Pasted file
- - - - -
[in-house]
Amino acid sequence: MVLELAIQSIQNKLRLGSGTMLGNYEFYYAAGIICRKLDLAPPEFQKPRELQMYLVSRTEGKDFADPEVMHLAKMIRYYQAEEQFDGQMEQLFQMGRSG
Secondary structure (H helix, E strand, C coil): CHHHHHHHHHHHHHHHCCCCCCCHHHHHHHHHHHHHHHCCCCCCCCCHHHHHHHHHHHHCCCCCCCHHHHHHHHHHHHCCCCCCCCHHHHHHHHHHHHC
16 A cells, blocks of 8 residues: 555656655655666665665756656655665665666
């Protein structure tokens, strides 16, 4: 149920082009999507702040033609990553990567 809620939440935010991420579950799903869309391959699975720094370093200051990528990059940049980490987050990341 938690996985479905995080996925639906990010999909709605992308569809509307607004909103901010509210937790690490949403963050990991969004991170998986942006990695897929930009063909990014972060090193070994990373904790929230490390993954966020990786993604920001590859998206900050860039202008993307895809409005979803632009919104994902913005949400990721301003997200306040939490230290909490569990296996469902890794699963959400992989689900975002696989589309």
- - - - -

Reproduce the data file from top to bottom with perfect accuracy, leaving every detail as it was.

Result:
[in-house]
Amino acid sequence: MVLELAIQSIQNKLRLGSGTMLGNYEFYYAAGIICRKLDLAPPEFQKPRELQMYLVSRTEGKDFADPEVMHLAKMIRYYQAEEQFDGQMEQLFQMGRSG
Secondary structure (H helix, E strand, C coil): CHHHHHHHHHHHHHHHCCCCCCCHHHHHHHHHHHHHHHCCCCCCCCCHHHHHHHHHHHHCCCCCCCHHHHHHHHHHHHCCCCCCCCHHHHHHHHHHHHC
16 A cells, blocks of 8 residues: 555656655655666665665756656655665665666
């Protein structure tokens, strides 16, 4: 149920082009999507702040033609990553990567 809620939440935010991420579950799903869309391959699975720094370093200051990528990059940049980490987050990341 938690996985479905995080996925639906990010999909709605992308569809509307607004909103901010509210937790690490949403963050990991969004991170998986942006990695897929930009063909990014972060090193070994990373904790929230490390993954966020990786993604920001590859998206900050860039202008993307895809409005979803632009919104994902913005949400990721301003997200306040939490230290909490569990296996469902890794699963959400992989689900975002696989589309």